UNODC Chief lab of scientific section:
Number of NPS has risen from 166 to 251 (mid 2012) and 350 (2013). That outnumbers the number of psychoactive substances controlled in the conventions. By Feb this year it had increased to 372. All regions had reported emergence. A new committee was promoting international cooperation and responding to the challenged of NPS. 60 participants took part, including INCB, WHO, Interpol World Customs, European Centre, OAS. This meeting set the scene for international discussions for solutions. Looked at many aspects of the challenges thrown up by NPS:
1) rapid proliferation of NPS. Scheduling of substances is not new, but the rapid nature of NPS makes this difficulty
2) Difficulties in getting data on NPS
3) Issue of efficiency and timeliness on scheduling process
4) resource limitation
5) Varying degrees of capacity.
E/CN.7/2014/CRP1 Expert consultation on NPS
Proposes maximising use of the tools. E/CN.7/2014/10 is supposed to support better understanding.
Enhance the detection and identification as a first response. This activity is supported by UNODC early warning advisory. Experts also promote the need for collection and sharing of data to do risk analysis. Experts called for best practises.
Tramadol should be scheduled. Egypt has been added to the second schedule in 2012. Objective is to have clear definitions between clear medical use and their misuse. Should still be provided to people who need it. It is incumbent on us to differentiate between the medical drug rather than those of unknown origin. Monitoring system put in place to track the pharmaceuticals. Details this system in very great detail. Problem for tramadol smuggling. Because it is not scheduled it makes it harder. Calls on INCB to include in its report a recommendation should not be allowed in Egypt except through proper procurment orders.
There is no established international framework for NPS or action plan. It’s a tremendous challenge to ascertain risk from these substances. This means NPS may be manufactured under innocuous names. We need a plan of action and appropriate framework by drawing early warning and cooperation systems. We can enhance the scheduling by streamlining procedures. We can institute temporary measures until they are officially listed. Countries need to be made aware. National legislation must be brought into line with international measure. Some countries would tend to legalise. There needs to be a working party set up with a mandate to study the issue, and make recommendations.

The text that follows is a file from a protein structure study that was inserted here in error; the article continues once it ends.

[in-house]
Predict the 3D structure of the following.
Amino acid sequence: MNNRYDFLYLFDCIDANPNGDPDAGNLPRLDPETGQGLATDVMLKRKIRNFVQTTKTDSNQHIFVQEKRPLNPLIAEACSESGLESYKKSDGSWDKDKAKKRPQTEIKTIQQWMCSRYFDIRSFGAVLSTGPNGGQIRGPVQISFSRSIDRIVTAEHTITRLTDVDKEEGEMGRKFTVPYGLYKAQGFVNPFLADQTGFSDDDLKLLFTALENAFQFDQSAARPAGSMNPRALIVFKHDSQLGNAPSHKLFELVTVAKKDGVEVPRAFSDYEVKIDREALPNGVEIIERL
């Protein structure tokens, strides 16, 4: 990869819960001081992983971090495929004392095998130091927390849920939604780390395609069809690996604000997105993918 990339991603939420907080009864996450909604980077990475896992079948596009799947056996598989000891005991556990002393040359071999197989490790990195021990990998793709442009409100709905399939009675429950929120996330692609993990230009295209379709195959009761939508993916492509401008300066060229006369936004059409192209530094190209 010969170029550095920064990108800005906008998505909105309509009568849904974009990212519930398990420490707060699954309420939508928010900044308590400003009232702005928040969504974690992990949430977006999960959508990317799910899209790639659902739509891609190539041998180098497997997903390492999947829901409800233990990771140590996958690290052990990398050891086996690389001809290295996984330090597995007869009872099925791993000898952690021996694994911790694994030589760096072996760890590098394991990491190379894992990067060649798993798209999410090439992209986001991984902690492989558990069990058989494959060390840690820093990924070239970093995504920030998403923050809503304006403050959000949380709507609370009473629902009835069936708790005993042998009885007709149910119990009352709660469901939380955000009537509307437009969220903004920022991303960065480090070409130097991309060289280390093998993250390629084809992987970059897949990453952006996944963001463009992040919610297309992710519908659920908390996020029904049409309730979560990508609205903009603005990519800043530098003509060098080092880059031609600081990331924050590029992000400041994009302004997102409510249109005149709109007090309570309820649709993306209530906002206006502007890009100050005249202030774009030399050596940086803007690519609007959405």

There is discussion about how NPS could be scheduled. There need to be cross cutting and open structures. Need participation of civil society to share responsibility in how best to constitute control measures. Rapid reaction measures are intended. There are many substances and precursors. We need to concentrate efforts on the ones that are the biggest. Need to have flexible responses. Some medical products are still available, but are not used by medical profession. Need free and rapid flow of information and a rapid response capability and early warning systems. Pharmacetical industries cannot remain ignorant of who is supplying the NPS, need to work with the industry so as to protect out countries.
Western European and others group
Will focus on mephedrone. NPS are the challenge for the 21st century. Legal highs is an unhelpful term. They are specifically designed to evade domestic and international controls. They are produced and obtained quickly. We know they are causing harm, but a paucity of evidence. Strong signs that international community is showing leadership. Two resolutions on NPS here at CND. UNODC’s early warning advisory, a good step in addressing the issue. WHO is undertaking risk assessments. There are further resolutions this week.
UK thinks that the conventions can be used to deal with NPS. There is an issue about building up pace and momentum. Could look at similar structured substances rather than substance by substance, member states notifications. Provisional control to strengthen domestic controls.
WHO assessment of mephedrone by WHO should be back to CND by September.
Talks about what mephedrone is. OFten sold as “bath salts” or “plant food” often labelled not for human consumption. No evidence of any medical or industrial uses for mephedrone. It’s been reported in 46 countries. First synthesized in 1929, but newly available. Israel in 2007 was the first place to report it. Prevalence of use is limited, no estimates. 68 deaths linked to mephedone in the UK. Showing links to addiction. People may be starting to inject mephedrone. Now controlled in 40 countries. In the UK it is a class B drug. This has reduced use by about two thirds. UK would like member states to look at controlling mephedrone.